Adam Kramer on College Football: OSU Could Contend for CFP, Despite the Scandal

Adam Kramer@kegsneggsNational College Football Lead WriterAugust 30, 2018

Adam Kramer on College Football: OSU Could Contend for CFP, Despite the Scandal

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    Michael Conroy/Associated Press

    Just how good can Ohio State be this season? Does Nick Saban have enough to contend? What games do you have to watch in Week 1 of the 2018 college football season? Bleacher Report's Adam Kramer has the answers to those questions and more in his weekly college football notebook, the Thursday Tailgate.

                        

    Here's what we know about Ohio State. Not about Urban Meyer, Zach Smith or the conclusion of an investigation that rocked the college football world. Not about text messages that may or may not have been deleted or things that should have been done differently. But about Ohio State's football team, which we haven't talked about much over the past few months.            

    This is a good team with great players.

    There's a reason this isn't part of the national conversation around Ohio State right now, of course. What has transpired in Columbus—the allegations of domestic abuse against Smith and Meyer's handling of them—goes far beyond the field and is more significant than any football prognostication or result. Perhaps it will ultimately doom this team, too.

    Perhaps 39-year-old interim head coach Ryan Day, a protege of Chip Kelly, won't be able to hold up during the first three weeks of the season. Or perhaps when Meyer returns from his suspension, his awkward and uncomfortable presence on the sideline (especially away from Columbus) will upend the team.

    But if not, the Buckeyes need to be talked about from a football perspective, because there's a real possibility that they're far better than their No. 5 preseason ranking. They should contend for the Big Ten championship, and they could compete for the national championship as well.

    For starters, it helps to have the player many would argue is the best in the nation. Defensive end Nick Bosa, the younger brother of Los Angeles Chargers Pro Bowl defensive end Joey Bosa, is poised to have a monster season.

    "There are a lot of similarities, and it goes beyond the physical stature," an NFL scout recently told Matt Hayes of Bleacher Report regarding the Bosa brothers. "But I'm convinced Nick will be the better of the two."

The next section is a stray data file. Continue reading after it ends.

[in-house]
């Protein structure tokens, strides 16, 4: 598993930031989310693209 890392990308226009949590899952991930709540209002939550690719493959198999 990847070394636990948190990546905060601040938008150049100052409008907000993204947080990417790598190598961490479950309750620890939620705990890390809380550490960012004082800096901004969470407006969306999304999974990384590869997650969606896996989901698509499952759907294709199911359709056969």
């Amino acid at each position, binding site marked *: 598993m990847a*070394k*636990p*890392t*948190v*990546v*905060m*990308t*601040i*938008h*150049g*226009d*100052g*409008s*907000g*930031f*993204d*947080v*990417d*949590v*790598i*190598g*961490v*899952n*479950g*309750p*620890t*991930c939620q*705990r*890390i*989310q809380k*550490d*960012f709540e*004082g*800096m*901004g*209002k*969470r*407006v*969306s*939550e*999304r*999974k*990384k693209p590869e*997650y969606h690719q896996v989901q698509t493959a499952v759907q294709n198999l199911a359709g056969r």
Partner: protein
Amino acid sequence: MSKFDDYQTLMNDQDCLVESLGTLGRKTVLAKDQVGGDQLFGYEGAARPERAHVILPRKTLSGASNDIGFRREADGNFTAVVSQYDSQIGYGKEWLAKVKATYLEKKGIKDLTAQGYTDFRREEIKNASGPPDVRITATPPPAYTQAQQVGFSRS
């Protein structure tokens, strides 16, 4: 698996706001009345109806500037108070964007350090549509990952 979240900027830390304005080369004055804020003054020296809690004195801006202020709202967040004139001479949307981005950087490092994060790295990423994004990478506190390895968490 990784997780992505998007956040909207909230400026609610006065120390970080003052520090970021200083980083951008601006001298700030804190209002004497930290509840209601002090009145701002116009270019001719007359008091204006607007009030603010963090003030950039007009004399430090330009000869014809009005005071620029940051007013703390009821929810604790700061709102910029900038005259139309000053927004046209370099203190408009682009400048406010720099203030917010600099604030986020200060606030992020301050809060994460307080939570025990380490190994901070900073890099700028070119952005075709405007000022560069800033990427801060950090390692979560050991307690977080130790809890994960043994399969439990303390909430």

Bosa isn't the only piece of the Ohio State defense who could stand out. Specifically, there's also defensive tackle Dre'Mont Jones, cornerback Kendall Sheffield and a boatload of depth across the D-line that should be the backbone of the defense.

    Offensively, Dwayne Haskins might be a star in the making at quarterback. In short spells last year, he made plays—specifically against Michigan late in the season—that tease at his enormous ceiling. It would not be surprising to see Ohio State have a more consistent passing offense this season as a result.

    With so many quality pieces around him—headlined by sophomore running back J.K. Dobbins, who ran for more than 1,400 yards as a freshman—this could be a unique group. It might not have much overall star power yet, but with essentially every notable wide receiver back, it isn't unreasonable to expect this unit to take a leap forward.

    The team is not without questions or competition. Michigan, Michigan State and Penn State are all legitimate threats to win the Big Ten East, while Wisconsin, ranked one spot above Ohio State in the preseason AP Top 25 Poll, will present a serious threat to win the conference.

    But the Buckeyes are primed for something. Whether that's another trip to the College Football Playoff or a 10-win season will be decided soon. 

    It will start Saturday, when Ohio State takes on Oregon State. And the Buckeyes, playing as more than a five-touchdown favorite at home (via Odds Shark), will likely look the part.

    The beginning will feel odd, especially with the many sideline camera shots of the storied head coach's notable absence. The season itself will undoubtedly have a different feel and generate plenty of emotions depending on perspective.

    But when focused strictly on football, the Buckeyes appear capable of winning every game they play this season.

If Nick Saban Can Pull This Off...

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    Butch Dill/Associated Press

    Let's start with the "this."

    For Alabama, "this" is winning a national championship. Anything less is a disappointment. That is the bar Nick Saban has established, having won an absurd five national championships in nine seasons.

    It is an unfair and unreasonable standard, and it's also why a team that has yet to name its starting quarterback is once again No. 1 in the AP Poll and the favorite to win the College Football Playoff.

    "None of that has been decided yet," Saban said Monday regarding his starting quarterback, per Alex Scarborough of ESPN.com. "I wish we could talk about something else."

    The prospect of Saban having to answer questions about his starter deep into the year could make for YouTube-worthy press conferences. But the uncertainty exacts a toll—see: Ohio State's 2016 season, when Cardale Jones, J.T. Barrett and Braxton Miller tried to coexist.

    In general, it feels like many are still floating after how last season ended, on Tua Tagovailoa's game-winning touchdown throw against Georgia. And perhaps that moment, the biggest moment imaginable, has blinded us all a bit.

    Sure, Alabama's offense is loaded. At running back, Damien Harris leads one of the deepest groups Saban has ever had. When healthy, the offensive line should be excellent. The wide receivers are young, raw and extremely talented.

    But this team is not without holes. The secondary is being completely rebuilt. The defensive line lost Da'Shawn Hand and Da'Ron Payne, both of whom were critical at the end of the year. Linebacker Terrell Lewis, who was expected to be a versatile and important piece, suffered a torn ACL back in July.

    And let us not forget that Alabama had to replace both coordinators—again. While that has become routine for Saban at this point, it shouldn't be considered ordinary.

    It's easy to say Alabama has the luxury of being Alabama, plugging in 5-star players when the others leave. Given the way Saban has recruited, there's some truth to that. But that doesn't make what some consider routine any less spectacular year over year.

    That's why this current situation is so fascinating. For the first time in Tuscaloosa, a depth-chart discussion has overpowered everything else. Couple that with departures and youth and all of the things most programs regularly endure, and this feels like a much taller ask than is being advertised.